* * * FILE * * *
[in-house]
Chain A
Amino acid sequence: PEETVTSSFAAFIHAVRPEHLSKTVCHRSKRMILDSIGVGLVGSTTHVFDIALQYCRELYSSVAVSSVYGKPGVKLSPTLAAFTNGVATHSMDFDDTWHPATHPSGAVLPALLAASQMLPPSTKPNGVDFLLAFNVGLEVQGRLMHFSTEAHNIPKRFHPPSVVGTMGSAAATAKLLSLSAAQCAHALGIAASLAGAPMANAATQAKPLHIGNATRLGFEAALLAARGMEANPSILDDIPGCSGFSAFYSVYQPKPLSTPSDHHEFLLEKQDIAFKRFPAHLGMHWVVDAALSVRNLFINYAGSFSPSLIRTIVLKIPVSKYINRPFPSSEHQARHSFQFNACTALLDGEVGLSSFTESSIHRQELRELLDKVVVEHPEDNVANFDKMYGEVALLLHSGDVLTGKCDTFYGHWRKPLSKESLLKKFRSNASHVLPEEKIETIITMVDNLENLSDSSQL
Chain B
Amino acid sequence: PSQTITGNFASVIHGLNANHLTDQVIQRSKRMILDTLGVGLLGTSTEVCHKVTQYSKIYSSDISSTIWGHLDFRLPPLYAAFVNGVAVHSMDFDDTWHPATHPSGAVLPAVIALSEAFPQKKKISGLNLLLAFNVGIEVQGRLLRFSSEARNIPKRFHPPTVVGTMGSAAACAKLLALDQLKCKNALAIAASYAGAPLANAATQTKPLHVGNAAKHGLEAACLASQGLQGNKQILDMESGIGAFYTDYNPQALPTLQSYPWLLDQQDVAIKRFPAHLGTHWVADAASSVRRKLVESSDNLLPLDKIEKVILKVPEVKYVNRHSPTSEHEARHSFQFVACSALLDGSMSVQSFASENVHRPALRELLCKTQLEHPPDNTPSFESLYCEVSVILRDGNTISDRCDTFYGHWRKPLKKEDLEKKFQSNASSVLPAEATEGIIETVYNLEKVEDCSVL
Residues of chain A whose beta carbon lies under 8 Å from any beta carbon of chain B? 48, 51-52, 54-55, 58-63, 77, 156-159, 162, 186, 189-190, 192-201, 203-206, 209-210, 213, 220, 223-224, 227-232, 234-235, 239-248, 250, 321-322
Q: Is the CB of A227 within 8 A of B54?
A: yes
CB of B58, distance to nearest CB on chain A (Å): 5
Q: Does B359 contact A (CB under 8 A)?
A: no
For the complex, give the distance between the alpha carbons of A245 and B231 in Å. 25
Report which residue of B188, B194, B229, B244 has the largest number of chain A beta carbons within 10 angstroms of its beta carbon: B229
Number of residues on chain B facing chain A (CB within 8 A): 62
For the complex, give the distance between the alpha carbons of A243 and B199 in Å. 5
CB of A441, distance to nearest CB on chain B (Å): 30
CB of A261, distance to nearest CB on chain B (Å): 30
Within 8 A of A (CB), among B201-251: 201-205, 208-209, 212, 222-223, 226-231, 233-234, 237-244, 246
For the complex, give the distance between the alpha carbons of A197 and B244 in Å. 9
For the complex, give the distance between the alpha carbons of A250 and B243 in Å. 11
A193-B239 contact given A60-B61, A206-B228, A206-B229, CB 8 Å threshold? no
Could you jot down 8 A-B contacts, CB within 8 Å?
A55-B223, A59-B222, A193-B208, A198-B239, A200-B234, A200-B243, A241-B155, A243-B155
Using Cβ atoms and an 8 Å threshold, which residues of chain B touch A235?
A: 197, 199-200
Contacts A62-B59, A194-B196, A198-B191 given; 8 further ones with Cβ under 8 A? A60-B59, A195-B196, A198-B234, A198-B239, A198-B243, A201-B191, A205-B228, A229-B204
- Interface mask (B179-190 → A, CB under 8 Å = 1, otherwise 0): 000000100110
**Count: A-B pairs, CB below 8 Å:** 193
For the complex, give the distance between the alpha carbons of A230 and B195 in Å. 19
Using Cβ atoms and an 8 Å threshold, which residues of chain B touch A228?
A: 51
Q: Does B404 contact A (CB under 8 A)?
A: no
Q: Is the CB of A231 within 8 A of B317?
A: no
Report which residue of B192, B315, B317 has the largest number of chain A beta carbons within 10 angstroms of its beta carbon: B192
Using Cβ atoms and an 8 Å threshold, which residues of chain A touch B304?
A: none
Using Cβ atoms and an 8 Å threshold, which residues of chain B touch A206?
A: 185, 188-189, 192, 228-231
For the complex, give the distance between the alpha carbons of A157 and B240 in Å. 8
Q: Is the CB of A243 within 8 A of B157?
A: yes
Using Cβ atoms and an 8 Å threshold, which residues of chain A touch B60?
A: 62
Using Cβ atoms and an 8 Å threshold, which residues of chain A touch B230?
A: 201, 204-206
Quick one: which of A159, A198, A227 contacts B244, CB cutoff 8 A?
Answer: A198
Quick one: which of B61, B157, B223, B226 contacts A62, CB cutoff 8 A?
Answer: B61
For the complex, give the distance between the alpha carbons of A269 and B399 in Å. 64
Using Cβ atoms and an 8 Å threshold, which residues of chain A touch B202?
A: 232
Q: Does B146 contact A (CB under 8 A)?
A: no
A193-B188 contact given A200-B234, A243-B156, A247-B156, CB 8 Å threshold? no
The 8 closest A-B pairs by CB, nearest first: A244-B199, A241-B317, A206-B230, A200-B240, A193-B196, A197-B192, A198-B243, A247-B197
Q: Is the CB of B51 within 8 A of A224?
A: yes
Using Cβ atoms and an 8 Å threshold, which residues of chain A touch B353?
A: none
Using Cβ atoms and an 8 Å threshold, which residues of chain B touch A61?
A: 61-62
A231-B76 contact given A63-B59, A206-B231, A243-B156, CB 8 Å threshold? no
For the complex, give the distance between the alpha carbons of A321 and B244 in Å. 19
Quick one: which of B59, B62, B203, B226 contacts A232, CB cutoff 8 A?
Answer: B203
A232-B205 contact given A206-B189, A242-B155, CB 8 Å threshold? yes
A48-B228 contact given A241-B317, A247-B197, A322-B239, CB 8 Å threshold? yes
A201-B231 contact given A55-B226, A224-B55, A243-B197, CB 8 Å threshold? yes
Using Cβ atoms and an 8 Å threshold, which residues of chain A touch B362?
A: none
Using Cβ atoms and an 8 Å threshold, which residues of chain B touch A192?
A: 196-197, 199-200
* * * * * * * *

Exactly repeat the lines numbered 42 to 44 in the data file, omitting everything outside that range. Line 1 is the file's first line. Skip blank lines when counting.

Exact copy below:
Q: Is the CB of A243 within 8 A of B157?
A: yes
Using Cβ atoms and an 8 Å threshold, which residues of chain A touch B60?